Like a roller coaster on its final descent, the city's "turnaround" push for 33 "struggling schools" seemed to be picking up speed and heading toward an inevitable conclusion. But in an unexpected twist, the Education Department decided to give seven schools a reprieve, acknowledging that they were on the ascent and should be given more time to continue to improve.
As SchoolBook and others reported late Monday, Education Department officials said the schools, which had received A's or B's on their latest school progress reports, would no longer be part of the "turnaround" plan -- which means they will not be shut down, have as much as half of their staff members replaced and then be reopened, probably under new leadership. In a statement, Chancellor Dennis M. Walcott said:
After careful consideration, including school visits from my leadership team, we have come to believe that these schools have strong enough foundations to improve — and today, I have decided that we will not move forward with proposals to close and replace these seven.
Early on, many people had felt that the plan to adopt the turnaround model for the 33 schools was a bluff by the city to get the teachers' union to agree to a teacher evaluation system at the schools -- something that was needed so those schools could receive nearly $60 million in federal aid that had been promised to them by the state. That accomplished, the thinking went, the city and the union could then push toward a citywide teacher evaluation system, which must be in place statewide by next January so the state can qualify for federal Race to the Top funds.
Mayor Michael R. Bloomberg announced the turnaround plan in his State of the City address in January in what was characterized by the teachers' union and others as an act of defiance. Then it was suddenly moving rapidly forward, taking on an air of inevitability as the end of the school year approached.
But the logic of closing the seven schools that had shown improvement -- and which were, after all, meeting the city's own benchmarks for success -- came under fire. And even the city acknowledged that, at least for these seven schools, such a disruption was not necessary.
Michael Mulgrew, president of the union, the United Federation of Teachers, said more of the remaining 26 schools may be worthy of saving. But, he said, in an e-mail, “The idea that A and B schools deserved to be closed made a mockery of the D.O.E.’s system, as the agency has apparently now realized.”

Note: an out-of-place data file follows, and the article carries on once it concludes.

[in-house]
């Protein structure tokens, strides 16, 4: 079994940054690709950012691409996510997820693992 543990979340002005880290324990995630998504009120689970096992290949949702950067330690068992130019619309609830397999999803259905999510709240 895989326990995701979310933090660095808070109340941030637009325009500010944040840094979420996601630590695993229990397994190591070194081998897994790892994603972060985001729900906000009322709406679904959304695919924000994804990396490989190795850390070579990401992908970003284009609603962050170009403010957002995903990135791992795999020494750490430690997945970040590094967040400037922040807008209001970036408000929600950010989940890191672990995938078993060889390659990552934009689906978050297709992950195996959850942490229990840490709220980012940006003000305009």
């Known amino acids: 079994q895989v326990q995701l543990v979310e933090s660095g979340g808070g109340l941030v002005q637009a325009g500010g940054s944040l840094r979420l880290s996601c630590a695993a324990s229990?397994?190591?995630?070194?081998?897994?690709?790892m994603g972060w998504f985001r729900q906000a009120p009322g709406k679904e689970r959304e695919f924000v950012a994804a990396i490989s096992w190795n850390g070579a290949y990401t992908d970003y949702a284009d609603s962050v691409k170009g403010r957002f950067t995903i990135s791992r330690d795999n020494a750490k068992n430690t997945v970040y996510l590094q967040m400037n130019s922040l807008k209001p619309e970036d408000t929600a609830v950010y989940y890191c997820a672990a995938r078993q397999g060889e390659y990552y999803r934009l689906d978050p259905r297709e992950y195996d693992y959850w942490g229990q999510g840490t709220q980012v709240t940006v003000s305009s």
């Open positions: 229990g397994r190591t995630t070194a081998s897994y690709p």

It is not clear what the reprieve means for the seven, in terms of the adoption of a teacher evaluation system or the federal aid. Stay tuned.
That was not the only late-day conversion by the Education Department. As SchoolBook also reported, the city revoked a clause in its contracts with test-development companies that asked them to avoid 50 words and phrases in their subject matter. The clause, which had existed for years, banned words like dinosaurs, Halloween and other subjects targeted by special-interest groups.
Mockery of the city policy seemed to be spreading far and wide, and late on Monday Shael Polakow-Suransky, the city's chief academic officer, said enough was enough. The clause will be gone, he said: "New York City schools teach the broadest, richest curriculum in the nation and we can’t let this distract from the important work going on our classrooms.”
And also on SchoolBook late Monday, news of the death of Fortunato Rubino, the former principal of I.S. 318 Eugenio Maria de Hostos and the recently appointed superintendent of District 14 in Brooklyn, has shocked and saddened many people who knew the popular administrator, who was known as Fred. Commenters like Suzane Thomas are weighing in with words of praise for what was clearly an extraordinary educator. She wrote:
A wonderful man who taught me that every child, regardless of their economic or social background can have a high quality education that is equal to or better than what any private school can offer. I was privileged to have my own daughter attend IS 318 and I was honored to meet and learn from such an inspiring educator. He will be missed.
You can read about him and add your own thoughts and anecdotes in the comments section under Monday's post.
Gotham Schools' Rise & Shine morning post has a more complete listing of what is in the news this sunny Tuesday morning.
And here's what's planned for Tuesday in education in New York City:
Mr. Walcott will be speaking at New York University’s Kimmel Center in the morning to kick off a colloquium at N.Y.U. Steinhardt’s Research Alliance for New York City Schools, “Informing New York City’s Middle School Initiative,” described as "a day-long colloquium devoted to supporting the improvement of New York City’s middle grades." Mr. Walcott is expected to build on a speech he gave last fall focusing attention on middle school needs.
And the woman whose groundbreaking work on establishing methods of assessing good teaching, Charlotte Danielson, will be speaking from 6 to 8 p.m. at an event hosted by Pace University at the Michael Schimmel Center for the Arts, 3 Spruce Street, Manhattan. The talk, "Framing Teacher Effectiveness/ Supporting Student Success: Why Educators Should Embrace a 'Framework for Teaching,'" is free.